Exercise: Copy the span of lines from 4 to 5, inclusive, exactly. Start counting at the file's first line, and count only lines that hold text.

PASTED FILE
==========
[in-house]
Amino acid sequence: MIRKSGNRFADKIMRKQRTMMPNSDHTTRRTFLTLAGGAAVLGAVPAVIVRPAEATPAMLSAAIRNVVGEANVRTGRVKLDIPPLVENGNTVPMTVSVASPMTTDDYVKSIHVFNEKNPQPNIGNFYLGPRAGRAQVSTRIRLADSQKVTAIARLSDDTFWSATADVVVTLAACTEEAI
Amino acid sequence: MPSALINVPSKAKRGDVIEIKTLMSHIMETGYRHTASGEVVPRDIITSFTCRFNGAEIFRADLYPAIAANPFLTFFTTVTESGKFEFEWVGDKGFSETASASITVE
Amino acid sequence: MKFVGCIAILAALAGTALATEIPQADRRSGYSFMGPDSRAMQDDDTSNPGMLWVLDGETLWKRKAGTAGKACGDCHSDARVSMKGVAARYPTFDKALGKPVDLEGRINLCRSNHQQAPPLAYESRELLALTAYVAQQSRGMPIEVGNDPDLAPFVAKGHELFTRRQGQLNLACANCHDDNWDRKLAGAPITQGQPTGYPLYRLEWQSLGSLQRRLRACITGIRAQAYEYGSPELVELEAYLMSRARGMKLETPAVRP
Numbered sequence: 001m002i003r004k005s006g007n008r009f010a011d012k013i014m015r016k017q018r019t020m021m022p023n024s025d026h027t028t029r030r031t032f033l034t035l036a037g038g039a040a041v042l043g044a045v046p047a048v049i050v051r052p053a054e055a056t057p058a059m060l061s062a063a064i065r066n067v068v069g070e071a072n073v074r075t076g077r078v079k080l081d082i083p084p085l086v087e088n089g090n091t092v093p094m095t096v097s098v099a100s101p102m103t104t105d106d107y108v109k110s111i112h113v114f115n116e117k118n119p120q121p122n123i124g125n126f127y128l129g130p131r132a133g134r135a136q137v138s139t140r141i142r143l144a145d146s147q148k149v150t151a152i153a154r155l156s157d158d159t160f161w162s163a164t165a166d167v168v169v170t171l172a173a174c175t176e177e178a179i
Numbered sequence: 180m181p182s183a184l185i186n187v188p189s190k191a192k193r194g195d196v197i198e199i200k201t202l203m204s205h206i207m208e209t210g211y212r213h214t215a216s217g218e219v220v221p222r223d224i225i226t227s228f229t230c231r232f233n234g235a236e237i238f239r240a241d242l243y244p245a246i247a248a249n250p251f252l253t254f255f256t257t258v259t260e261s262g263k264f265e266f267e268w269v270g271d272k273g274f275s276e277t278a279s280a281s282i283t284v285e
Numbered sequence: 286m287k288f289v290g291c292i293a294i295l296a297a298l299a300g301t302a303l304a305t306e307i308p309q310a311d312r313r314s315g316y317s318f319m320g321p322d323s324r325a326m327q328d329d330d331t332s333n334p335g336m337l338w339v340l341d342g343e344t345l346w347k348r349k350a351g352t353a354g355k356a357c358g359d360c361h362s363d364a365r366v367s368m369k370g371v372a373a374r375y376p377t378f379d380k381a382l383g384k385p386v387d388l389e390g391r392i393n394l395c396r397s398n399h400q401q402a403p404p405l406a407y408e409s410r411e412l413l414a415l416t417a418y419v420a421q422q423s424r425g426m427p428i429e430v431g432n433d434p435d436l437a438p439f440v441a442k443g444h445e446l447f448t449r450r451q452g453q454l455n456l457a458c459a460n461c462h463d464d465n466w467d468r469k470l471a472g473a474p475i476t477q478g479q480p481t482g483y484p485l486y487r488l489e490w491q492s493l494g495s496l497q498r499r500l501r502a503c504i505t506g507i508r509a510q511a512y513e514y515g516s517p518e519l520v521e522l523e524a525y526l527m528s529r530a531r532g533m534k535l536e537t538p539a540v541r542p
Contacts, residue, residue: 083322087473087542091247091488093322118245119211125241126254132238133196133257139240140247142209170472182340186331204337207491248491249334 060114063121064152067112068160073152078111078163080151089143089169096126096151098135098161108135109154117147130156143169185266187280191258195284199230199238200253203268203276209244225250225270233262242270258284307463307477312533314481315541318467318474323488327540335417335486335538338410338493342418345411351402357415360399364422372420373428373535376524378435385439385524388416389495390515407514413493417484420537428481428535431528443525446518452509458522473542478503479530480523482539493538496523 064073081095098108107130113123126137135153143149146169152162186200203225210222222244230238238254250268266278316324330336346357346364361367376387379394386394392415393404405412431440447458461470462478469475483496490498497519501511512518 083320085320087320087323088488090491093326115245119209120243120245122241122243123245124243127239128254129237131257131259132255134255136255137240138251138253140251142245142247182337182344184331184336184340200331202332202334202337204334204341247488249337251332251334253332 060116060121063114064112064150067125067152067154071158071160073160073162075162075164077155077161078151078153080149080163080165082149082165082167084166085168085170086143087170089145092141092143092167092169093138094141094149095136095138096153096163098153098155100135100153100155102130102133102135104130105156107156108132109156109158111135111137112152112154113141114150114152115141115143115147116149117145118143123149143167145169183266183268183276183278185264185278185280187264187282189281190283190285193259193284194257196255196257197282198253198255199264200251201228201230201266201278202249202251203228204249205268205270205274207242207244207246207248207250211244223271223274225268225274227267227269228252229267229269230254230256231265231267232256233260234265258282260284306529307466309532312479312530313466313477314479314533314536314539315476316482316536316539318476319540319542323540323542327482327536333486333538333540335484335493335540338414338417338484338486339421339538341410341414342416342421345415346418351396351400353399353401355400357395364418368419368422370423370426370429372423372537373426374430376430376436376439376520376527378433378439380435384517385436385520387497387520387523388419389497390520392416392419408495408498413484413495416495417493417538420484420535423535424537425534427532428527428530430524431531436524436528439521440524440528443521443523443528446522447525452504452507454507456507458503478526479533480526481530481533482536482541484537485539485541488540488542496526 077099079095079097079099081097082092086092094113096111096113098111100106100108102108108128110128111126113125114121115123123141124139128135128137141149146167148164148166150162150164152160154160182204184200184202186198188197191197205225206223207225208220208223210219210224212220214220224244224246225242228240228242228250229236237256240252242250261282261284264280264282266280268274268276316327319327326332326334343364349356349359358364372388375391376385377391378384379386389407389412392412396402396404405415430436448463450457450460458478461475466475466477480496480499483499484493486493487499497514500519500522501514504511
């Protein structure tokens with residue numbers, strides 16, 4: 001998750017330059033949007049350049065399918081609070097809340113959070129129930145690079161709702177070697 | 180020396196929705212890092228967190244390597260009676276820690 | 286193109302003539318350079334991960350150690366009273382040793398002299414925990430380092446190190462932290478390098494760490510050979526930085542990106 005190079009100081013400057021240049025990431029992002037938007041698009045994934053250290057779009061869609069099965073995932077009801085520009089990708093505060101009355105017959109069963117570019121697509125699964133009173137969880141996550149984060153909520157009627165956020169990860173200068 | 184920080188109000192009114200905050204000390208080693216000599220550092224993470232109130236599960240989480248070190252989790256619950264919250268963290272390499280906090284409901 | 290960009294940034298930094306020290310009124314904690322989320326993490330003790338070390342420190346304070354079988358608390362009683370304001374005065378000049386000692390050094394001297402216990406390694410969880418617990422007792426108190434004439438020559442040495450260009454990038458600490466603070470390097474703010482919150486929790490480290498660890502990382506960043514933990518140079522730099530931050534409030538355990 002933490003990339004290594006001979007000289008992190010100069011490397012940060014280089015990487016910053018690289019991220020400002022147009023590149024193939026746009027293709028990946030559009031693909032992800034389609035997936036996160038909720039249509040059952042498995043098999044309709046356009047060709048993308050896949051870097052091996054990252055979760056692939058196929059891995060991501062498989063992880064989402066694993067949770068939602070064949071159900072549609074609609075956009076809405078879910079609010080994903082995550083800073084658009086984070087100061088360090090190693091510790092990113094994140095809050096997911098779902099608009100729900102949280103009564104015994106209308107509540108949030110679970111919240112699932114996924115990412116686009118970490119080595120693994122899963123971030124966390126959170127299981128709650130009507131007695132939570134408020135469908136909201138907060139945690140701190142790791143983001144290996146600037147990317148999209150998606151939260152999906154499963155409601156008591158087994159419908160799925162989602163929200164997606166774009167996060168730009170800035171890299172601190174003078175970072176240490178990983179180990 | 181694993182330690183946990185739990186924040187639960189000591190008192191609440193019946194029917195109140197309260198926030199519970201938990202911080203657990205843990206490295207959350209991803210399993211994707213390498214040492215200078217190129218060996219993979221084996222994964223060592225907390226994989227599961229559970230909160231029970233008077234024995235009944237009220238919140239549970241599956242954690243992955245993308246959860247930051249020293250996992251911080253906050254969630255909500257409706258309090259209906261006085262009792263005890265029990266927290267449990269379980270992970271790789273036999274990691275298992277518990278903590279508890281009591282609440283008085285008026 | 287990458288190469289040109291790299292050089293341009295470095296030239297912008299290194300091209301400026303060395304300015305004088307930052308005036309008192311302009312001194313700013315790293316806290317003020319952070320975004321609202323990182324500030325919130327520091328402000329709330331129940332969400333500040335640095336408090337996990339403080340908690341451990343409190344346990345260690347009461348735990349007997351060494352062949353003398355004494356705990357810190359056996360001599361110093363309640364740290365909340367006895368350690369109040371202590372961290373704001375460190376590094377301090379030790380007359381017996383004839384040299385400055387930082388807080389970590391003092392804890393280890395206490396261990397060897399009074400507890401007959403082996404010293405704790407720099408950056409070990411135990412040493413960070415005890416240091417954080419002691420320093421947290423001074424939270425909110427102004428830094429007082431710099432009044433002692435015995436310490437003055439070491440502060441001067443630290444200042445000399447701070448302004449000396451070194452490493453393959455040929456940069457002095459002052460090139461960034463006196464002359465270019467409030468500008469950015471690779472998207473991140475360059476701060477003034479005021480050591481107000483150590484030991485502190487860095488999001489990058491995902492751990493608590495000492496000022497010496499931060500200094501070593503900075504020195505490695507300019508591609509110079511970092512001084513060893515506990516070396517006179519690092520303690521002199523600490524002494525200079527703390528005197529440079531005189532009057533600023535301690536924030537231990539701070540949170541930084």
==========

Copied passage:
Amino acid sequence: MKFVGCIAILAALAGTALATEIPQADRRSGYSFMGPDSRAMQDDDTSNPGMLWVLDGETLWKRKAGTAGKACGDCHSDARVSMKGVAARYPTFDKALGKPVDLEGRINLCRSNHQQAPPLAYESRELLALTAYVAQQSRGMPIEVGNDPDLAPFVAKGHELFTRRQGQLNLACANCHDDNWDRKLAGAPITQGQPTGYPLYRLEWQSLGSLQRRLRACITGIRAQAYEYGSPELVELEAYLMSRARGMKLETPAVRP
Numbered sequence: 001m002i003r004k005s006g007n008r009f010a011d012k013i014m015r016k017q018r019t020m021m022p023n024s025d026h027t028t029r030r031t032f033l034t035l036a037g038g039a040a041v042l043g044a045v046p047a048v049i050v051r052p053a054e055a056t057p058a059m060l061s062a063a064i065r066n067v068v069g070e071a072n073v074r075t076g077r078v079k080l081d082i083p084p085l086v087e088n089g090n091t092v093p094m095t096v097s098v099a100s101p102m103t104t105d106d107y108v109k110s111i112h113v114f115n116e117k118n119p120q121p122n123i124g125n126f127y128l129g130p131r132a133g134r135a136q137v138s139t140r141i142r143l144a145d146s147q148k149v150t151a152i153a154r155l156s157d158d159t160f161w162s163a164t165a166d167v168v169v170t171l172a173a174c175t176e177e178a179i